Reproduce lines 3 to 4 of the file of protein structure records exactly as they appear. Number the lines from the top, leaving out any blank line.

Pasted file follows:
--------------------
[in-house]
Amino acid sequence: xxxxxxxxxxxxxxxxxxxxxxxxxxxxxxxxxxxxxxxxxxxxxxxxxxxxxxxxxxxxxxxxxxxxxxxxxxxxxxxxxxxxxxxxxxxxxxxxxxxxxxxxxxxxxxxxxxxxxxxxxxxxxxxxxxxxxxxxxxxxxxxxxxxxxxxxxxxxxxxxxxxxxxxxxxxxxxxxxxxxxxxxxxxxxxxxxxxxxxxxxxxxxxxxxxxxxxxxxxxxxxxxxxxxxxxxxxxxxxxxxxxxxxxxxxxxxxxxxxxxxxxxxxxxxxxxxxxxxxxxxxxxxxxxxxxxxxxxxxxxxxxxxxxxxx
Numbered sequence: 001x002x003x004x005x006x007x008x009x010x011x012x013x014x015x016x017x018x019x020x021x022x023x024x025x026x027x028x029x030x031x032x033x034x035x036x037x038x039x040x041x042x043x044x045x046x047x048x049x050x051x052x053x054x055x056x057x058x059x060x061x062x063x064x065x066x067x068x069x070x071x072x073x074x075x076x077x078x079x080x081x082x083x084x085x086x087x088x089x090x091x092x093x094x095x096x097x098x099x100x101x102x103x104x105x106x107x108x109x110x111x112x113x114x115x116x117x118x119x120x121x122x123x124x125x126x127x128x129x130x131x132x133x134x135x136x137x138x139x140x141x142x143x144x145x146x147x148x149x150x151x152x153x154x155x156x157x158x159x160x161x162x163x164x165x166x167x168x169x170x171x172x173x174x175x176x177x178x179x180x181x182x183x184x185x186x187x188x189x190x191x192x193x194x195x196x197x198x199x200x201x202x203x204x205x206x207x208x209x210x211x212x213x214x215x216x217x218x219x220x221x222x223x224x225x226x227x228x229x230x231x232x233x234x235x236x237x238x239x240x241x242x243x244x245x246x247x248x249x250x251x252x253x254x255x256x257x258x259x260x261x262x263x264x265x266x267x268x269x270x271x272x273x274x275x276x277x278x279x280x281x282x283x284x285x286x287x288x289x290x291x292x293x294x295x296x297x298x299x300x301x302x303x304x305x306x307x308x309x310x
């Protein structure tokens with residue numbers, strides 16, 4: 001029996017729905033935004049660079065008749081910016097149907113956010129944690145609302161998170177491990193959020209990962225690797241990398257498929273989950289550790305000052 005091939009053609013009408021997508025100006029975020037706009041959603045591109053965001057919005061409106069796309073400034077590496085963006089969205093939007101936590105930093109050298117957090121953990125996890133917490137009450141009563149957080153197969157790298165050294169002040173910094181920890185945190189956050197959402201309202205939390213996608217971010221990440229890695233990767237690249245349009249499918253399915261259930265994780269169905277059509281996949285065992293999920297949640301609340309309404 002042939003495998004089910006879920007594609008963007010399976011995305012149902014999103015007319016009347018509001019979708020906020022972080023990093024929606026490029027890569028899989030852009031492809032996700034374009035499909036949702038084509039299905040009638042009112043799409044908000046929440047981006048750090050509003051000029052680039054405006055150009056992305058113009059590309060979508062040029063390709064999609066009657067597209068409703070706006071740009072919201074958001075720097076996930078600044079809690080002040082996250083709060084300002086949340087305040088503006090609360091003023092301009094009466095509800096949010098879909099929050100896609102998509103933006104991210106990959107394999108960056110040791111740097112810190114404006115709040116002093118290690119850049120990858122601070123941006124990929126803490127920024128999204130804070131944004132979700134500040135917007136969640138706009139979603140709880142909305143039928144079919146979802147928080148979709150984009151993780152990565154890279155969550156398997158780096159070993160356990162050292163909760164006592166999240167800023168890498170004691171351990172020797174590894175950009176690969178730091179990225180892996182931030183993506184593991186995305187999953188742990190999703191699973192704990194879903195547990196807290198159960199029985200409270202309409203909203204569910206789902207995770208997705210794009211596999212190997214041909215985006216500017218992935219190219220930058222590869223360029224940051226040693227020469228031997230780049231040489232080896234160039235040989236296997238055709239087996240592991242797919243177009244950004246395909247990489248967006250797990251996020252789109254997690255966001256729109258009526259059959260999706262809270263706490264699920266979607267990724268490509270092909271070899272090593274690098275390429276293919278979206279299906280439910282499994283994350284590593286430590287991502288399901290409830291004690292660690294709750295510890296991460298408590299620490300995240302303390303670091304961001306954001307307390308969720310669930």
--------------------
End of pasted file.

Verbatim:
Numbered sequence: 001x002x003x004x005x006x007x008x009x010x011x012x013x014x015x016x017x018x019x020x021x022x023x024x025x026x027x028x029x030x031x032x033x034x035x036x037x038x039x040x041x042x043x044x045x046x047x048x049x050x051x052x053x054x055x056x057x058x059x060x061x062x063x064x065x066x067x068x069x070x071x072x073x074x075x076x077x078x079x080x081x082x083x084x085x086x087x088x089x090x091x092x093x094x095x096x097x098x099x100x101x102x103x104x105x106x107x108x109x110x111x112x113x114x115x116x117x118x119x120x121x122x123x124x125x126x127x128x129x130x131x132x133x134x135x136x137x138x139x140x141x142x143x144x145x146x147x148x149x150x151x152x153x154x155x156x157x158x159x160x161x162x163x164x165x166x167x168x169x170x171x172x173x174x175x176x177x178x179x180x181x182x183x184x185x186x187x188x189x190x191x192x193x194x195x196x197x198x199x200x201x202x203x204x205x206x207x208x209x210x211x212x213x214x215x216x217x218x219x220x221x222x223x224x225x226x227x228x229x230x231x232x233x234x235x236x237x238x239x240x241x242x243x244x245x246x247x248x249x250x251x252x253x254x255x256x257x258x259x260x261x262x263x264x265x266x267x268x269x270x271x272x273x274x275x276x277x278x279x280x281x282x283x284x285x286x287x288x289x290x291x292x293x294x295x296x297x298x299x300x301x302x303x304x305x306x307x308x309x310x
């Protein structure tokens with residue numbers, strides 16, 4: 001029996017729905033935004049660079065008749081910016097149907113956010129944690145609302161998170177491990193959020209990962225690797241990398257498929273989950289550790305000052 005091939009053609013009408021997508025100006029975020037706009041959603045591109053965001057919005061409106069796309073400034077590496085963006089969205093939007101936590105930093109050298117957090121953990125996890133917490137009450141009563149957080153197969157790298165050294169002040173910094181920890185945190189956050197959402201309202205939390213996608217971010221990440229890695233990767237690249245349009249499918253399915261259930265994780269169905277059509281996949285065992293999920297949640301609340309309404 002042939003495998004089910006879920007594609008963007010399976011995305012149902014999103015007319016009347018509001019979708020906020022972080023990093024929606026490029027890569028899989030852009031492809032996700034374009035499909036949702038084509039299905040009638042009112043799409044908000046929440047981006048750090050509003051000029052680039054405006055150009056992305058113009059590309060979508062040029063390709064999609066009657067597209068409703070706006071740009072919201074958001075720097076996930078600044079809690080002040082996250083709060084300002086949340087305040088503006090609360091003023092301009094009466095509800096949010098879909099929050100896609102998509103933006104991210106990959107394999108960056110040791111740097112810190114404006115709040116002093118290690119850049120990858122601070123941006124990929126803490127920024128999204130804070131944004132979700134500040135917007136969640138706009139979603140709880142909305143039928144079919146979802147928080148979709150984009151993780152990565154890279155969550156398997158780096159070993160356990162050292163909760164006592166999240167800023168890498170004691171351990172020797174590894175950009176690969178730091179990225180892996182931030183993506184593991186995305187999953188742990190999703191699973192704990194879903195547990196807290198159960199029985200409270202309409203909203204569910206789902207995770208997705210794009211596999212190997214041909215985006216500017218992935219190219220930058222590869223360029224940051226040693227020469228031997230780049231040489232080896234160039235040989236296997238055709239087996240592991242797919243177009244950004246395909247990489248967006250797990251996020252789109254997690255966001256729109258009526259059959260999706262809270263706490264699920266979607267990724268490509270092909271070899272090593274690098275390429276293919278979206279299906280439910282499994283994350284590593286430590287991502288399901290409830291004690292660690294709750295510890296991460298408590299620490300995240302303390303670091304961001306954001307307390308969720310669930």